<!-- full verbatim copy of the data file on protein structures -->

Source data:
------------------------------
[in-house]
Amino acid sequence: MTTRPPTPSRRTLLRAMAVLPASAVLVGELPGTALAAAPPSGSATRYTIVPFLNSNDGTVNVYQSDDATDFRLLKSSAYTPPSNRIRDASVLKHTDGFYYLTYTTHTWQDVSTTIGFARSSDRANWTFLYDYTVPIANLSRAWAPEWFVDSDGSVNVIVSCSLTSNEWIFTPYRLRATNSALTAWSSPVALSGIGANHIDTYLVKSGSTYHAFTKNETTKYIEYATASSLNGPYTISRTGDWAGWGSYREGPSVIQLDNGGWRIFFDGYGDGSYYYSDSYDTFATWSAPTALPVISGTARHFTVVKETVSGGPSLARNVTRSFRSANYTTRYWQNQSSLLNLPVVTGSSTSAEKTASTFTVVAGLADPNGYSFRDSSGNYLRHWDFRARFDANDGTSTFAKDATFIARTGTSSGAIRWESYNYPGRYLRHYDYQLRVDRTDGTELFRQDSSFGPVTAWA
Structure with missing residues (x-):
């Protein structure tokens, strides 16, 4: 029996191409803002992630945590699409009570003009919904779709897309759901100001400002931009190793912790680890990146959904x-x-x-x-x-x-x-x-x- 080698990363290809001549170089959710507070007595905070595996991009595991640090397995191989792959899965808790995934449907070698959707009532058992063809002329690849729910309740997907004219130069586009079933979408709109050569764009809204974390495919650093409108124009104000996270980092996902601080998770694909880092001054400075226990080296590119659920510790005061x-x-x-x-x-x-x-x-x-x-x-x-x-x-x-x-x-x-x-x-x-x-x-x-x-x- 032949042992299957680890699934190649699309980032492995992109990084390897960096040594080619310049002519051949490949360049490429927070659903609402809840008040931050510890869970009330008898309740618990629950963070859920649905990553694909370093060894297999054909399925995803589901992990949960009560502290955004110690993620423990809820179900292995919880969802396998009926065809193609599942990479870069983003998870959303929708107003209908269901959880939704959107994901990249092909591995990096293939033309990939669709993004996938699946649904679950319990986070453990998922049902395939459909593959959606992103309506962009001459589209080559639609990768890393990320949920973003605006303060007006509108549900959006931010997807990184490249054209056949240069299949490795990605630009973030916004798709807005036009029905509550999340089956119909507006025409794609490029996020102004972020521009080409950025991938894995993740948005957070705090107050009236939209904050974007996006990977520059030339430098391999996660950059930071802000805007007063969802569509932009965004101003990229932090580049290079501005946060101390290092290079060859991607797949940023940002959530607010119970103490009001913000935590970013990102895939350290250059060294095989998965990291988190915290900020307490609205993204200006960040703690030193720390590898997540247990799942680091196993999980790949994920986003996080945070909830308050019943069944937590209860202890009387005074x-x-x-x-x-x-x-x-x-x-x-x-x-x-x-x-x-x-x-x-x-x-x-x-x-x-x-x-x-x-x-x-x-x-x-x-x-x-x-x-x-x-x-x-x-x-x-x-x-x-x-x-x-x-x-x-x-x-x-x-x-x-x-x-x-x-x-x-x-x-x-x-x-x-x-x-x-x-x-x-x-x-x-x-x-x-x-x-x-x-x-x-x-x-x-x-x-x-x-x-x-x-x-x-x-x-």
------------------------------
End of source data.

[in-house]
Amino acid sequence: MTTRPPTPSRRTLLRAMAVLPASAVLVGELPGTALAAAPPSGSATRYTIVPFLNSNDGTVNVYQSDDATDFRLLKSSAYTPPSNRIRDASVLKHTDGFYYLTYTTHTWQDVSTTIGFARSSDRANWTFLYDYTVPIANLSRAWAPEWFVDSDGSVNVIVSCSLTSNEWIFTPYRLRATNSALTAWSSPVALSGIGANHIDTYLVKSGSTYHAFTKNETTKYIEYATASSLNGPYTISRTGDWAGWGSYREGPSVIQLDNGGWRIFFDGYGDGSYYYSDSYDTFATWSAPTALPVISGTARHFTVVKETVSGGPSLARNVTRSFRSANYTTRYWQNQSSLLNLPVVTGSSTSAEKTASTFTVVAGLADPNGYSFRDSSGNYLRHWDFRARFDANDGTSTFAKDATFIARTGTSSGAIRWESYNYPGRYLRHYDYQLRVDRTDGTELFRQDSSFGPVTAWA
Structure with missing residues (x-):
């Protein structure tokens, strides 16, 4: 029996191409803002992630945590699409009570003009919904779709897309759901100001400002931009190793912790680890990146959904x-x-x-x-x-x-x-x-x- 080698990363290809001549170089959710507070007595905070595996991009595991640090397995191989792959899965808790995934449907070698959707009532058992063809002329690849729910309740997907004219130069586009079933979408709109050569764009809204974390495919650093409108124009104000996270980092996902601080998770694909880092001054400075226990080296590119659920510790005061x-x-x-x-x-x-x-x-x-x-x-x-x-x-x-x-x-x-x-x-x-x-x-x-x-x- 032949042992299957680890699934190649699309980032492995992109990084390897960096040594080619310049002519051949490949360049490429927070659903609402809840008040931050510890869970009330008898309740618990629950963070859920649905990553694909370093060894297999054909399925995803589901992990949960009560502290955004110690993620423990809820179900292995919880969802396998009926065809193609599942990479870069983003998870959303929708107003209908269901959880939704959107994901990249092909591995990096293939033309990939669709993004996938699946649904679950319990986070453990998922049902395939459909593959959606992103309506962009001459589209080559639609990768890393990320949920973003605006303060007006509108549900959006931010997807990184490249054209056949240069299949490795990605630009973030916004798709807005036009029905509550999340089956119909507006025409794609490029996020102004972020521009080409950025991938894995993740948005957070705090107050009236939209904050974007996006990977520059030339430098391999996660950059930071802000805007007063969802569509932009965004101003990229932090580049290079501005946060101390290092290079060859991607797949940023940002959530607010119970103490009001913000935590970013990102895939350290250059060294095989998965990291988190915290900020307490609205993204200006960040703690030193720390590898997540247990799942680091196993999980790949994920986003996080945070909830308050019943069944937590209860202890009387005074x-x-x-x-x-x-x-x-x-x-x-x-x-x-x-x-x-x-x-x-x-x-x-x-x-x-x-x-x-x-x-x-x-x-x-x-x-x-x-x-x-x-x-x-x-x-x-x-x-x-x-x-x-x-x-x-x-x-x-x-x-x-x-x-x-x-x-x-x-x-x-x-x-x-x-x-x-x-x-x-x-x-x-x-x-x-x-x-x-x-x-x-x-x-x-x-x-x-x-x-x-x-x-x-x-x-």